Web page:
Similarly, visit the comment pages of the Times, the Telegraph and Conservative Home, they seize even the flimsiest excuse to play the ‘Emperor’s New Followers’, pretending they are the voice of the majority when they just shout the loudest.

Or maybe they represent the majority of people with nothing better to do than spend all day online making snarky comments on the internet.

There is one fundamental rule of the internet, Godwin’s law; the longer an internet conservation goes on the probability of someone mentioning the Nazis reaches one.

Maybe its time that rule was amended so the probability of someone mentioning the EU becomes one. We could call it ‘Farage’s law’.

And whoever says ‘Vote UKIP’ immediately loses the argument. Especially if they do it in ALL CAPS.

They lie as much as any other politicians. The only reason they look humbler than any other political party is because they have less money and less political skill. Incompetence and bluster do not good rulers make.

Neither does a one line economic policy. Economics is a broad church; there are so many differing opinions out there all worshiping at the altars of Hayek, Keynes, Freedman, Marx etc. Modern, high profile and highly respected economists tend to pick sides. Some support Labour, some support the Conservatives, some advocate EU withdrawal, some do not.

But name me one high profile economist who agrees with UKIP. You can’t. Even if any existed, they would not dare admit it for fear of being laughed out of their departments.

Economics is an ugly, finicky, complicated business much like politics and there are no right answers or simple solutions. UKIP are not representing the people properly, they are probably disrespecting the electorate more than anyone else with their callous treatment of reason.

UKIP policy is an assault on reason. There is nothing wrong with ordinary people entering parliament, in fact it should be encouraged, but not because their overwhelming quality is their ordinariness. UKIP suffers from an inverted snobbery which pushes their candidates to the opposite end of the spectrum than the current roster of the three main parties.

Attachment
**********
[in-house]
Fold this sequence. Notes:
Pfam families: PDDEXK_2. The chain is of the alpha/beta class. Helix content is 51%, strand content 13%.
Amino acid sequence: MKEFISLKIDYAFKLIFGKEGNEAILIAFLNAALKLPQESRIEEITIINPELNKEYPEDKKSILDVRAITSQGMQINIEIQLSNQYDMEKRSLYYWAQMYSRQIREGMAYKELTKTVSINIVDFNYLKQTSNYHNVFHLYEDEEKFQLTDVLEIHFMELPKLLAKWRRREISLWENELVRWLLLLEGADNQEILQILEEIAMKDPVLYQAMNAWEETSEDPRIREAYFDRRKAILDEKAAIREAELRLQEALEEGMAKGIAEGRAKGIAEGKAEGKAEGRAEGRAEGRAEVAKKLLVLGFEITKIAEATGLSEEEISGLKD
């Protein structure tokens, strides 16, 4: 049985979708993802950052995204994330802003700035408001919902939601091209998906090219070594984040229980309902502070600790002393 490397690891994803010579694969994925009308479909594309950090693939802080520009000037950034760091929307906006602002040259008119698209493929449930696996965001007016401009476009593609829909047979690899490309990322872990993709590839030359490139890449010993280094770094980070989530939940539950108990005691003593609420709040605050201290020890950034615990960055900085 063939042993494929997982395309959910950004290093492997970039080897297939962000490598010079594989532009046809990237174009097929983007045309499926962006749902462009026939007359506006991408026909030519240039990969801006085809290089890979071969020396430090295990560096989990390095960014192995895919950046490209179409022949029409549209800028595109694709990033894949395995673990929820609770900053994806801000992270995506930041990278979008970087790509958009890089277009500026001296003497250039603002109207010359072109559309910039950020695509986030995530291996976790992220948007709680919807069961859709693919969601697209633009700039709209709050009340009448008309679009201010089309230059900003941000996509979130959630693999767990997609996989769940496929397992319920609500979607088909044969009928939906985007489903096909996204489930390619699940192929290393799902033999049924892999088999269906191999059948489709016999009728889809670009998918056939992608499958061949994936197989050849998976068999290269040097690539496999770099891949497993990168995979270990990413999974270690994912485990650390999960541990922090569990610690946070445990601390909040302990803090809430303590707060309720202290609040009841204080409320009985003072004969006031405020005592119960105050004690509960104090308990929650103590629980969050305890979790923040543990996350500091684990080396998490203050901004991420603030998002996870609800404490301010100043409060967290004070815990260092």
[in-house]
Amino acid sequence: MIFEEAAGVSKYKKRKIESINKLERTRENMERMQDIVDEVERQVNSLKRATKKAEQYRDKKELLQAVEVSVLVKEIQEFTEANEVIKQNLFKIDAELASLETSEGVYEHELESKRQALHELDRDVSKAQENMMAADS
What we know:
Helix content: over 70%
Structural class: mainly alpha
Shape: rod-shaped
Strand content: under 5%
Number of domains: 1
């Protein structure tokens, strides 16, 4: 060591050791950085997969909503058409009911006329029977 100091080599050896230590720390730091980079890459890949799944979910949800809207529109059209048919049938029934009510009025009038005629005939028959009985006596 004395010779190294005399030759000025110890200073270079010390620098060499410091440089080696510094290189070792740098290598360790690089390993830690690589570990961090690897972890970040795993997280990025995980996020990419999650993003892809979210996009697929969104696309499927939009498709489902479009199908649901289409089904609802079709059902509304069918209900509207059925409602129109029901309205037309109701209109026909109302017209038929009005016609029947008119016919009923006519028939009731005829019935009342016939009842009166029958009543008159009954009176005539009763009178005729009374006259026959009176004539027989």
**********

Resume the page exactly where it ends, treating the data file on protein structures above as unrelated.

Debate is binary, decisions are knee jerk, solutions are simplistic. They do not understand the unfair nature of political power is eternal and the problems of representation will probably never be solved, especially not by stamping your feet.

Their interpretation of ‘rule by the people’ is to sneer at intellectuals for being out of touch as if the lifetime long study of market forces is less of a qualifier to decide fiscal policy than ‘man down the pub’ logic.

Intellectualism is not any more of a disqualification for rule than ordinariness. UKIP criticise politicians for telling people to think in a certain way then tell them to think in a different way.

Whatever happen to thinking for yourself? It’s these different ideas and a place for everyone to share them is what we need. Not a new party line to follow.

They attack, they don’t challenge. They whine, they don’t debate. They are more interested in what people want to be the right answer, not what it actually is.

The rise of UKIP has exposed the holes in the modern political system. But they do not provide the solution.